Tuesday, December 13, 2011

Small People, Small Places, Small Things

"Many small people, in many small places, do many small things,
that can alter the face of the world."
(Excerpt taken from the Berlin Wall, East Side)

...and it is the small people from this small place who are doing small things this season.

Recently, we experimented with a new tradition in our family. It began in 2009, when I was desperate to do something - anything - to help some families who were really struggling that season. One family was consumed by grief; the other, drowning in worry. Their pain brought to mind the last Christmas season we had with my grandmother before her death on Christmas Eve; she had been under hospice care and living in our home for some weeks. Thinking of that Christmas season, I was flooded with a most wonderful memory - the night the carolers showed up on our doorstep. Two dozen members of our church came to our home and sang one carol after another. Their voices were beautiful, but the warmth, love, support, and cheer they provided were what we needed - and enjoyed - the most.

So in 2009, we caroled. I asked my playgroup friends (and all the kids, of course!) to go with me to one home. We carried bells and maracas and song sheets and sang every song we could think of. Another night, our little family of five traveled to the hospital for a private concert for a most receptive audience. Reflecting on those experiences, I realized that they were the most meaningful parts of that season. I was determined to do more.

In 2010, Jeff and I planned out four service projects for our family, corresponding with each week of Advent. One week, the boys drew lovely cards for four people from our church and our community who were in need of some tender loving care that year. One had just lost his beloved wife; another was unable to leave his house anymore and was struggling with loneliness and isolation.

The second week, we collected extra towels and blankets from the closet. We shopped for toiletries, the boys each contributing funds from his piggy bank to help with the cost. Once our bags were overflowing, we donated the goods to the day haven/shelter that takes care of so many homeless women and men in our community. The boys were wide-eyed but respectful and friendly to each of the grateful friends we met that day.

The third week, we selected a few brand-new toys and a handful of gently used board books to donate to a family our church was sponsoring that Christmas. Aidan and Leo were so careful in making sure to select toys they thought the little girl would love, and they delighted in getting to wrap the gifts.

The fourth week, we baked the communion bread for the worship services on Christmas Eve. The kids were very proud of their bread, pleased that it would feed the whole church.

This year, it began with a goat. I fell in love with the baby goat featured on the cover of the ELCA's Good Gifts catalog, and I knew I wanted one.... to go to a family in Africa. Jeff and I drafted a list of chores and dollar amounts that the kids could choose to do to earn money for our goat. I decorated a small box that served as our "goat kitty" (maaa-eow), and for two solid weeks, the kids worked hard - cheerfully, and diligently - to fill the box. [Amendment: only after I assured Leo that we would not, in fact, ever have the goat at our house.] Pax fed the kitties and helped unload the dishwasher. The older boys cleaned the basement, put away laundry, wiped down sinks and counters, dusted, and even raked leaves at my parents' house. On the date we'd designated as our deadline, we discovered we were $2 short. The kids hustled and bustled around the house, tidying and straightening, dusting and cleaning. We praised them for their hard work and their cheerful spirits; we finalized our purchase of the goat, and during dinner, we discussed what that goat might be doing that very minute, whether she was feeling excited or nervous to go meet her new family.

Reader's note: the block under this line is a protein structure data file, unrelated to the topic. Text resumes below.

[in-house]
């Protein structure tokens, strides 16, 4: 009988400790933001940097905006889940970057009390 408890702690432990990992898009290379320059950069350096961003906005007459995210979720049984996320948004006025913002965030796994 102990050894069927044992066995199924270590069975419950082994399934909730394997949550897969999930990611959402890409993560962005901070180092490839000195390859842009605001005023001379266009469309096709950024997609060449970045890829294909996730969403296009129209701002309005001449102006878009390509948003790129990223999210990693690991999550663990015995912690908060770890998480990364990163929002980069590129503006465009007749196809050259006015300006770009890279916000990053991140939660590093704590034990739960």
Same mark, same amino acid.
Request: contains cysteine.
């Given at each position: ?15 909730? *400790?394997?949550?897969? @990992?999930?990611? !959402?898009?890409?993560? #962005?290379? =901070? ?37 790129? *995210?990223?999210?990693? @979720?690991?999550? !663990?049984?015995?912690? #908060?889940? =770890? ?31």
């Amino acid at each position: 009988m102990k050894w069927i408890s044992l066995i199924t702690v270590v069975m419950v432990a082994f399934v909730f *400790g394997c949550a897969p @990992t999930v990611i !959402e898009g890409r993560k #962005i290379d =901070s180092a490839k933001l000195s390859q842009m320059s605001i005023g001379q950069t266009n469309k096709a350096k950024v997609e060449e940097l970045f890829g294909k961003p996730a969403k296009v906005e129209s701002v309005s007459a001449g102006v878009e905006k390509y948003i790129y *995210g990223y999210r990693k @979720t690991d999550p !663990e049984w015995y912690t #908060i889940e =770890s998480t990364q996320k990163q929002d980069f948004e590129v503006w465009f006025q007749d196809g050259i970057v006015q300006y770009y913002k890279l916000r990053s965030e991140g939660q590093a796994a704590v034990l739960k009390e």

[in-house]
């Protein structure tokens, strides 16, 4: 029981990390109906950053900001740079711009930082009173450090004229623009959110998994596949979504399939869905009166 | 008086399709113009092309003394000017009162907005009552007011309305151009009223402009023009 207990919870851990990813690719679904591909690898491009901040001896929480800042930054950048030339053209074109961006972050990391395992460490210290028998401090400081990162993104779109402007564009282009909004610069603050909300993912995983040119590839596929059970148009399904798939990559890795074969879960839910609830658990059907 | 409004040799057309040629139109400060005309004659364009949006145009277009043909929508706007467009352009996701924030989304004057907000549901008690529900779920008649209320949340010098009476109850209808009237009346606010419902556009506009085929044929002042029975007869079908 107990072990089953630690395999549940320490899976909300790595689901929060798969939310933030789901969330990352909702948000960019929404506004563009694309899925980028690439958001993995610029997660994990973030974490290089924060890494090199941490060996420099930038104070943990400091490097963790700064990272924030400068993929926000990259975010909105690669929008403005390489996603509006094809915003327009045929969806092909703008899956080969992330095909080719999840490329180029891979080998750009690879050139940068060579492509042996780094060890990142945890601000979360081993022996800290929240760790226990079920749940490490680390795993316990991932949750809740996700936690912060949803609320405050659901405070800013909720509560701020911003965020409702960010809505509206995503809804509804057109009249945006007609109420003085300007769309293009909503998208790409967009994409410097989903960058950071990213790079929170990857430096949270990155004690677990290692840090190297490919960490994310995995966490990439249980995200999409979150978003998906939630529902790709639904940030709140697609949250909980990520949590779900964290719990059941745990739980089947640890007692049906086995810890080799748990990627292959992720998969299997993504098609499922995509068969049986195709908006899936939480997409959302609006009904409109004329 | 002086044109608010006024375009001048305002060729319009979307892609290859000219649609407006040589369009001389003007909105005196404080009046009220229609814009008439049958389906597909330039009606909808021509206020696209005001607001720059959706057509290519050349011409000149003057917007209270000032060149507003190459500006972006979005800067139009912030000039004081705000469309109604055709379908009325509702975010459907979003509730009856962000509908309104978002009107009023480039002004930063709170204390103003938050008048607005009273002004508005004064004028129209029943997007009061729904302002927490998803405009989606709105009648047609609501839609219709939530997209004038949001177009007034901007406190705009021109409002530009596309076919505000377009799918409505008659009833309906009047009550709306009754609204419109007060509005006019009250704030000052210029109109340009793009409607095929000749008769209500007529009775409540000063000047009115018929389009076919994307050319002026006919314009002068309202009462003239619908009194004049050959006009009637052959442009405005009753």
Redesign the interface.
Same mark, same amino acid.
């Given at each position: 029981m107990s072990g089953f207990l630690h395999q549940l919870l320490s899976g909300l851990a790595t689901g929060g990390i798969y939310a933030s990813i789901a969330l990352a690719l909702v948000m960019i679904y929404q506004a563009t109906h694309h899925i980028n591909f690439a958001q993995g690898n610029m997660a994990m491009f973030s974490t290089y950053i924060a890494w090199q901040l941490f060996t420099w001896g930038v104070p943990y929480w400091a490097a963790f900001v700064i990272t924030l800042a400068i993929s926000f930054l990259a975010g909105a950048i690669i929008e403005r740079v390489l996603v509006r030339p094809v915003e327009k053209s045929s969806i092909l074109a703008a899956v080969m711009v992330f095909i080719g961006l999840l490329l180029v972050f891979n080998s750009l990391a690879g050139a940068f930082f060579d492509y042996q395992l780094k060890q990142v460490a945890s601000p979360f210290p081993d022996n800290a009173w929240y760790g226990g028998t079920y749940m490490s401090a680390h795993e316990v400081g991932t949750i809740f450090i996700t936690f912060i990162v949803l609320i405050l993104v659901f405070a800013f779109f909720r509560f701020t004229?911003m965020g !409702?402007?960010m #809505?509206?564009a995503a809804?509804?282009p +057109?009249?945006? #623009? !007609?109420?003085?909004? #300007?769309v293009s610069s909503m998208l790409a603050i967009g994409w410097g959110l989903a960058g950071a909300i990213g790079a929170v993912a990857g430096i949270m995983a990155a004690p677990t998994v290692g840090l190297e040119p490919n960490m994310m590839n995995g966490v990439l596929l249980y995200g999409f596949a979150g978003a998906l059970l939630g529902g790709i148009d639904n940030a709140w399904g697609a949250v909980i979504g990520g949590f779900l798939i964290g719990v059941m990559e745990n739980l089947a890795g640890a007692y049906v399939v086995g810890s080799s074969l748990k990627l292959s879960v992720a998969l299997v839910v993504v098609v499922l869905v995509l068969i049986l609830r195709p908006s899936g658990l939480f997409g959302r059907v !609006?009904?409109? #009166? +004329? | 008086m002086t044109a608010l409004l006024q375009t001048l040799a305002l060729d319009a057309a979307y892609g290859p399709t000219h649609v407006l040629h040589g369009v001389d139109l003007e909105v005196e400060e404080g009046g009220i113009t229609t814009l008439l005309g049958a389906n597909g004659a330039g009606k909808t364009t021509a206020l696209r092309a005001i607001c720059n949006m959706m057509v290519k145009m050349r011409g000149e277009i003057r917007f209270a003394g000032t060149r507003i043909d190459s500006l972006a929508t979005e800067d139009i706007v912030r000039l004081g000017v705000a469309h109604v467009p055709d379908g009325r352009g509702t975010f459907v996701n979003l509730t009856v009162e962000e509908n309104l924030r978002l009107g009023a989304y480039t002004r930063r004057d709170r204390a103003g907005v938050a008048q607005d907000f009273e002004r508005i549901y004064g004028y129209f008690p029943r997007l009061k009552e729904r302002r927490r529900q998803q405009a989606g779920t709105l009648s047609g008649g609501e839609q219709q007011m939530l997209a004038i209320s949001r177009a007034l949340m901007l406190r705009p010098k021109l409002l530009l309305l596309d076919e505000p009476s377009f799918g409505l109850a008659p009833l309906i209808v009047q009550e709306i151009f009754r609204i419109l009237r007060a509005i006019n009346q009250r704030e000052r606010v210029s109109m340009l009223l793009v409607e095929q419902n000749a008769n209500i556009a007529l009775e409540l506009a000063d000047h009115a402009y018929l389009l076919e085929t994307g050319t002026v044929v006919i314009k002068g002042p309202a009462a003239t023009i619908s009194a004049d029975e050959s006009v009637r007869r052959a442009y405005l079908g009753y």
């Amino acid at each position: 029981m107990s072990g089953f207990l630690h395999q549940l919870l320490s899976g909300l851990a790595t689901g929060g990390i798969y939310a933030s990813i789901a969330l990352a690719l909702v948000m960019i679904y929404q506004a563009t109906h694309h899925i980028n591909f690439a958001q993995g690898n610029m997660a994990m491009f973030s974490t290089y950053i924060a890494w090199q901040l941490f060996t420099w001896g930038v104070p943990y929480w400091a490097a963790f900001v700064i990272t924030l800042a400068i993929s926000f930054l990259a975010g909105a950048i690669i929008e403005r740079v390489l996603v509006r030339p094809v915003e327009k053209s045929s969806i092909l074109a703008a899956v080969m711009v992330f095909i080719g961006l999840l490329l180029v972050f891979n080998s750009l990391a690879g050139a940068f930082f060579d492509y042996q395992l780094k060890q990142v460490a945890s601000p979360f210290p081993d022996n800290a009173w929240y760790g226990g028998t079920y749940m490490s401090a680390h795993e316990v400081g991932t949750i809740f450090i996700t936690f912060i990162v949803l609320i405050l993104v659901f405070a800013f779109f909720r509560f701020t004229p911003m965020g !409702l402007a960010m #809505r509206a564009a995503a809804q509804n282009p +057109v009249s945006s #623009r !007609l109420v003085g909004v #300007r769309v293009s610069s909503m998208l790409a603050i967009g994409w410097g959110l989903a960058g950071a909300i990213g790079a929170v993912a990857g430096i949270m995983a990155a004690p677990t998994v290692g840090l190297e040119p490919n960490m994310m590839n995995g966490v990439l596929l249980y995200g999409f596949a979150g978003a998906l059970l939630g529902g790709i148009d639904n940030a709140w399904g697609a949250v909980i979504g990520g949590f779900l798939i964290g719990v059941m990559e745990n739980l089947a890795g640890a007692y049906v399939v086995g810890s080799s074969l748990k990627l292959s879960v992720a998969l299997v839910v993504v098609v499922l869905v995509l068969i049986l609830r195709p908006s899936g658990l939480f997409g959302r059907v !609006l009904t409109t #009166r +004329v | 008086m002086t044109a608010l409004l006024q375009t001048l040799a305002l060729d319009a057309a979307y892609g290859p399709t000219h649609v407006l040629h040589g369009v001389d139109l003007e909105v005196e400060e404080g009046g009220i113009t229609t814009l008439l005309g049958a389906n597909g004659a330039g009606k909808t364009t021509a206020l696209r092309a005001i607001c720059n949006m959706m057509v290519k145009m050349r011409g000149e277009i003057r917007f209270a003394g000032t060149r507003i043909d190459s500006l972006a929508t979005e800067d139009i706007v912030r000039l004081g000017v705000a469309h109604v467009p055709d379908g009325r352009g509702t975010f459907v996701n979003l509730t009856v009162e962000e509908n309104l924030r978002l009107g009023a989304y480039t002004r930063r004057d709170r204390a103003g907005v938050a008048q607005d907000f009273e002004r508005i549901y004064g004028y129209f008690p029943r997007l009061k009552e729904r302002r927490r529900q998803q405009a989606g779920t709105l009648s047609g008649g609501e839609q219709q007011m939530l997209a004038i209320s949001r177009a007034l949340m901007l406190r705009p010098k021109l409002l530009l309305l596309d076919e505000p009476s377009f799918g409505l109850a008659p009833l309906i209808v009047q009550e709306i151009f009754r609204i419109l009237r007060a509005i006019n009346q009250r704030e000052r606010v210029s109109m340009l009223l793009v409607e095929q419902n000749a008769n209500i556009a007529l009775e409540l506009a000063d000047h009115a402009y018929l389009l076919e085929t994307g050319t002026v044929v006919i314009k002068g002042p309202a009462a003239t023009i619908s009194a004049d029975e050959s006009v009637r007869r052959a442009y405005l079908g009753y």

Inspired by the book I mentioned in a previous post, Jeff and I are excited about the microloan we are financing through kiva.org . The website connects lenders to people all over the world for whom a tiny loan - $25 - could make all the difference to their families. The hardest part of lending the money was deciding whom to lend to, for every one of the bios we read came from very worthy and deserving people. Ultimately, we chose to sponsor a mother of three from Zimbabwe who will use her loan to purchase groundnuts which she'll use to make peanut butter.

Next week, we'll spend several days baking a variety of cookies that we'll package in cute bags and send to work with Jeff to give to his patients. If I find it hard to have a husband who has to work holidays (this year, we're lucky - he's off for Christmas Eve & Day) -- I can only imagine how much harder it is for the actual patients at the hospital.

And finally, we'll bake the bread again for our worship services on Christmas Eve. Our gifts are small. They come from the work of small hands, in this small place. But our gifts of service are among the most important gifts we can offer. I don't know about altering the face of the whole world, but our tradition of service has forever altered our little world. And hopefully, our gifts will change the world of a family in Africa, whose goat will provide milk, cheese, and eventually, kid goats; and our gift will change the world of one mom in Zimbabwe, using the profits of her harvest to send her children to school and to bring her family out of poverty.

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